Fun to contemplate, but I wouldn't give up your day job just yet.

The Epicurean Dealmaker

Glen Whitman said...

Epicurean -- actually, I was assuming higher real wages in the future. That is, wages will rise faster than the cost of living. And if history is any guide, that's a reasonable assumption. The standard of living of Americans is dramatically higher now than it was in 1900, and I expect it to be even higher in 2100.

Anonymous said...

I think we have empirical evidence that backward time travel is not going to be an issue. The absence of attendees at the "Time Travelers' Convention" pretty convincingly demonstrates their non-existence. (Or perhaps just the extremely high cost - forever - of doing it.)

http://web.mit.edu/adorai/timetraveler/

Jeff Brown said...

As soon as our lifespans have lengthened to equal that of the universe, the cost associated with skipping more time will be huge: you gain nothing but immediacy. I think people would still do it, but there'd be enough left behind to avoid an escalating, lemming-like race to the Big Crunch.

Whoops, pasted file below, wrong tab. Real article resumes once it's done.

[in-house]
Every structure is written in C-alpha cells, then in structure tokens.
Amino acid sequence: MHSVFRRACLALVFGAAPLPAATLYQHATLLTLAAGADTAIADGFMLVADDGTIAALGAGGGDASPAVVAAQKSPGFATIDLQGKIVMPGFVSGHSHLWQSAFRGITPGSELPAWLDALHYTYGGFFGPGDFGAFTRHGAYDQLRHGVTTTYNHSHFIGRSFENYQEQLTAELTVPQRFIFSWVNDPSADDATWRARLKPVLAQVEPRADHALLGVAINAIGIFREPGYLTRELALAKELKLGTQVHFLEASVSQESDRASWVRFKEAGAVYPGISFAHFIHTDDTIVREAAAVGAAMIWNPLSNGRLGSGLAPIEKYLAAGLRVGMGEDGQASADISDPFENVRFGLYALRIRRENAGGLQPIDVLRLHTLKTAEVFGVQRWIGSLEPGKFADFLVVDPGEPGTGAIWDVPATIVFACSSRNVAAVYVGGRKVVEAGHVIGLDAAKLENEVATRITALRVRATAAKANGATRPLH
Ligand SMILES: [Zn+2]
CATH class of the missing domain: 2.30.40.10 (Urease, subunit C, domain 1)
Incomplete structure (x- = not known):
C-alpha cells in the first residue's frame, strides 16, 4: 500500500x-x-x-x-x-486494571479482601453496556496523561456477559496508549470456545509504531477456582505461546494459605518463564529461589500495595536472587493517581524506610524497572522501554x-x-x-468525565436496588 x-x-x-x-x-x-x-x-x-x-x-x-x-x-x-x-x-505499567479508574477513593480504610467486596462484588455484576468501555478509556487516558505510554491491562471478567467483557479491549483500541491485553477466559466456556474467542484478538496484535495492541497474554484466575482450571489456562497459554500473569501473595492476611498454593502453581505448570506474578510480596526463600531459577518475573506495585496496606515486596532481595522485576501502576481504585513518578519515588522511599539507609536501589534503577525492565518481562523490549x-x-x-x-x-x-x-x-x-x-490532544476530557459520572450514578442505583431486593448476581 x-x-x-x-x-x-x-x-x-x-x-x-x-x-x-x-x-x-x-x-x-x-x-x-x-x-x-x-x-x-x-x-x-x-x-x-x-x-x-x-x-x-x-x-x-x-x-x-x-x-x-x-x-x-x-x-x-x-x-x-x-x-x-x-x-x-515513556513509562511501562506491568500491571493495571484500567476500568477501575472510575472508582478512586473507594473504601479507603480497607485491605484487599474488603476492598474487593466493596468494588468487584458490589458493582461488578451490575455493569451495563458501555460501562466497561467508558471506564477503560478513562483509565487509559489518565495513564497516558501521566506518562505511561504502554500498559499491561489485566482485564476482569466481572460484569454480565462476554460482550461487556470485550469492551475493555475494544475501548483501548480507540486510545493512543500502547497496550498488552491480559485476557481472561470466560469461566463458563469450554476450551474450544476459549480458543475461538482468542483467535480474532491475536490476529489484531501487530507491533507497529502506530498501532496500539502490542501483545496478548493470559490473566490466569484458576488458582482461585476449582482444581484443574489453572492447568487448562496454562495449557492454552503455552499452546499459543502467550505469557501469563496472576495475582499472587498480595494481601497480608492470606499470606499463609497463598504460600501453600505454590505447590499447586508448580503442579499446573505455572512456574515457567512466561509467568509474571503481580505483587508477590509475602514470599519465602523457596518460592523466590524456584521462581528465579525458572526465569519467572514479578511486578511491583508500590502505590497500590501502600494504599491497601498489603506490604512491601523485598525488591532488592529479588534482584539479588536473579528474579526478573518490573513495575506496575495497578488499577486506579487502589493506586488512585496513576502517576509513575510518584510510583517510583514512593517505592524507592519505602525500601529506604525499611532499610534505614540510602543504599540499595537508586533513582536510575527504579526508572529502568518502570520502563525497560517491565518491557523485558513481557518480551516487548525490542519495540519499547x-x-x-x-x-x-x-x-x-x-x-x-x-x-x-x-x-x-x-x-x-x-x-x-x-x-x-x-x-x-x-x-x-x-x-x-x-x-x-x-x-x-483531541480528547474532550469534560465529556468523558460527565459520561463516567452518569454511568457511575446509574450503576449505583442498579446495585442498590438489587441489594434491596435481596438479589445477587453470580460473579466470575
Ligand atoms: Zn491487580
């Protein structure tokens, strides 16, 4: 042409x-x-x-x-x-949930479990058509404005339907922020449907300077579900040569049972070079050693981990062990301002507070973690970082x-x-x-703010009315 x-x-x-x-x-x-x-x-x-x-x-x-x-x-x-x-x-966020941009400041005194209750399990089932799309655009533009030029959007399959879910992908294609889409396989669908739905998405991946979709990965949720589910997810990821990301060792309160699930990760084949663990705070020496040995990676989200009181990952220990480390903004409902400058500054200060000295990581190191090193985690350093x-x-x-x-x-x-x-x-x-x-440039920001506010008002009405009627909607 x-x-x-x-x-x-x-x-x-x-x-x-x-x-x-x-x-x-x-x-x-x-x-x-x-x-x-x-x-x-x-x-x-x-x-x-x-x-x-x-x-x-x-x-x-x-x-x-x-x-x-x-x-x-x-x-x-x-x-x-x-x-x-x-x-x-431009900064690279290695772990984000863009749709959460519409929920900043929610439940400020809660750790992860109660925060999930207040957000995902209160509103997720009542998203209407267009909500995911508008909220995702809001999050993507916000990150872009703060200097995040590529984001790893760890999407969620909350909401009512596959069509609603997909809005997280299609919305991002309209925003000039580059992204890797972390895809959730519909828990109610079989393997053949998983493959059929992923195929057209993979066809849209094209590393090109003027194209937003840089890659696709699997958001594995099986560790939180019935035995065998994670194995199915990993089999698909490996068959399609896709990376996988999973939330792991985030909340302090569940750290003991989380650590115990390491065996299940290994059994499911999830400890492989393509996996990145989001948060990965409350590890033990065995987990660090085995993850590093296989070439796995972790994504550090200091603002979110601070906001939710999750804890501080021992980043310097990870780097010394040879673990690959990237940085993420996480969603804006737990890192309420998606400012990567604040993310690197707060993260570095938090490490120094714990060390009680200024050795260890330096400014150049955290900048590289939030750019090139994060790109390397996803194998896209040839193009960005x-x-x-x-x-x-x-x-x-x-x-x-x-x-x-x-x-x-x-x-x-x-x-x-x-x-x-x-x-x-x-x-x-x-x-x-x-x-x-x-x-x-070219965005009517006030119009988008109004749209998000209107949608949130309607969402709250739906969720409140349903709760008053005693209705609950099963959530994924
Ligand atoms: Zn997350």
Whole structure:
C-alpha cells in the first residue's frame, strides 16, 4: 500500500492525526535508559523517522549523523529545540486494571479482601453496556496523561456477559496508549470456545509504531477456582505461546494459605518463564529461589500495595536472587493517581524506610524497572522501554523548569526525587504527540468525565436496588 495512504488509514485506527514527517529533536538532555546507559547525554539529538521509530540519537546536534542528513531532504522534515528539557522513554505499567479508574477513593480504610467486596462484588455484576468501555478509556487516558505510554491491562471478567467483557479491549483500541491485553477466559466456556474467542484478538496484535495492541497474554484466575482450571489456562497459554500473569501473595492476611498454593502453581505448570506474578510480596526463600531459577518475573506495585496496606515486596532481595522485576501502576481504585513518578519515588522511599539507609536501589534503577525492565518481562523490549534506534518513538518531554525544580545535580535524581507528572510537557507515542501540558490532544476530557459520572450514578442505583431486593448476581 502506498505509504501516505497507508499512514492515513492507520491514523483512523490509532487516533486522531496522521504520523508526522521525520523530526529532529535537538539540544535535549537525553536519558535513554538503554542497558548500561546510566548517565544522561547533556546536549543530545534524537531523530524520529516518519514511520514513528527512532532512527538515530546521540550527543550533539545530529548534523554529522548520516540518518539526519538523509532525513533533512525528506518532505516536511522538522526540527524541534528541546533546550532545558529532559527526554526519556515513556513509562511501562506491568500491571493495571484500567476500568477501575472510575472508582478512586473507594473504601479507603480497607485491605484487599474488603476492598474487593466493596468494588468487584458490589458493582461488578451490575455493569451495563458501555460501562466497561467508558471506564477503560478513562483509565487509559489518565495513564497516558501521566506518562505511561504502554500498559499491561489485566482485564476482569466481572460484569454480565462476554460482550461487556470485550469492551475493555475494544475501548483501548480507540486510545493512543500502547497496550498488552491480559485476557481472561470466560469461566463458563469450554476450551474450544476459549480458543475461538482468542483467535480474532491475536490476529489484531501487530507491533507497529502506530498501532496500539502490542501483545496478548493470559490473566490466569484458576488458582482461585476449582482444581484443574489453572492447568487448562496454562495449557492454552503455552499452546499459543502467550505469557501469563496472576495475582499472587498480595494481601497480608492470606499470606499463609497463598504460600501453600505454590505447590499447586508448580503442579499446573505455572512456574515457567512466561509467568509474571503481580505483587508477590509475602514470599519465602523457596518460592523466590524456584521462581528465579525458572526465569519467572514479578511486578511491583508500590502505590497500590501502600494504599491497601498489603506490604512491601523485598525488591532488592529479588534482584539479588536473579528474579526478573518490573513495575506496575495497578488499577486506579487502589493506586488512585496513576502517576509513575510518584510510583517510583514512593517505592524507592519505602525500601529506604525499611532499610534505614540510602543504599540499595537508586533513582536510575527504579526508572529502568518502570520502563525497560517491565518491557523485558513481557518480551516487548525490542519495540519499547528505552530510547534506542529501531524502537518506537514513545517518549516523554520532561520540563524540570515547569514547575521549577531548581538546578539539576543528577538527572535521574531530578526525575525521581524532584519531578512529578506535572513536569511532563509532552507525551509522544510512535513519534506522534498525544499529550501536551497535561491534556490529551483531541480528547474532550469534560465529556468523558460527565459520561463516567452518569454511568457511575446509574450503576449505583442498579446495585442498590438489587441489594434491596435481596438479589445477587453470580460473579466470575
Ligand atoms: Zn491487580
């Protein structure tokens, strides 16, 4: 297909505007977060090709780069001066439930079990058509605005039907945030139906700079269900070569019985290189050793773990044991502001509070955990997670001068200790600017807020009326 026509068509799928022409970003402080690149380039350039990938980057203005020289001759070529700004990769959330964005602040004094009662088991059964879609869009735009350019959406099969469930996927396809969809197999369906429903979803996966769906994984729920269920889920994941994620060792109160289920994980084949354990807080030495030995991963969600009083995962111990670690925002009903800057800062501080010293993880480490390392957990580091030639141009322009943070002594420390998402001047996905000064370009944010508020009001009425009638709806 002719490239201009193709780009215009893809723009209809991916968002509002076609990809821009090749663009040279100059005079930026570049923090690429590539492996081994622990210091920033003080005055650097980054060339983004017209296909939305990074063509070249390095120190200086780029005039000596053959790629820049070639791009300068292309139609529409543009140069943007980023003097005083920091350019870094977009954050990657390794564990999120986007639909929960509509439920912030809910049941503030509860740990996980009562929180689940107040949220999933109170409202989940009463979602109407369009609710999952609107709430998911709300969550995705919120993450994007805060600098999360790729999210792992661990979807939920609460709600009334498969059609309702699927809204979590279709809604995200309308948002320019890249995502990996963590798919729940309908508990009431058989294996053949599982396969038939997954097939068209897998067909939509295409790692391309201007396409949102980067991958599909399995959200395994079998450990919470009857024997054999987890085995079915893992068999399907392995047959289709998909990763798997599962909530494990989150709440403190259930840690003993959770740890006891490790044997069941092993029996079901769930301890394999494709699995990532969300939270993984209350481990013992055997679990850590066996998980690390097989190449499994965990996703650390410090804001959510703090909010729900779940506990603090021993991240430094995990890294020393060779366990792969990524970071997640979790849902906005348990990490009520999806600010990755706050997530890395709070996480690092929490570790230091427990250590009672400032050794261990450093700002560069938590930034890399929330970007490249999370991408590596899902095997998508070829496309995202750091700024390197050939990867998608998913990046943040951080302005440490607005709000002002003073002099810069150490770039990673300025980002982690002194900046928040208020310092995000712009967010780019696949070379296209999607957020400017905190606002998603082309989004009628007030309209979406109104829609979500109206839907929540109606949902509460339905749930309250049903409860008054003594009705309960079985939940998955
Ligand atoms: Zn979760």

It's not clear to me how long the paradigm in which people spend large fractions of their lives in wage labor will last. In imagining the future I'm continually drawn to a scenario in which the vast majority of human "work" consists of art and virtual reality, because all our "real" needs have been met.

Gene Callahan said...

"(I think time dilation only makes forward time travel possible, but I confess that I’ve never fully wrapped my head around relativity.)"

Einstein is quite definitive in asserting that information cannot move backwards in time.

Sam said...

It is a very important fact that there could actually be increasing returns from larger populations, because more people interacting with each other generate more ideas and innovations that can benefit larger numbers of people.
Economics papers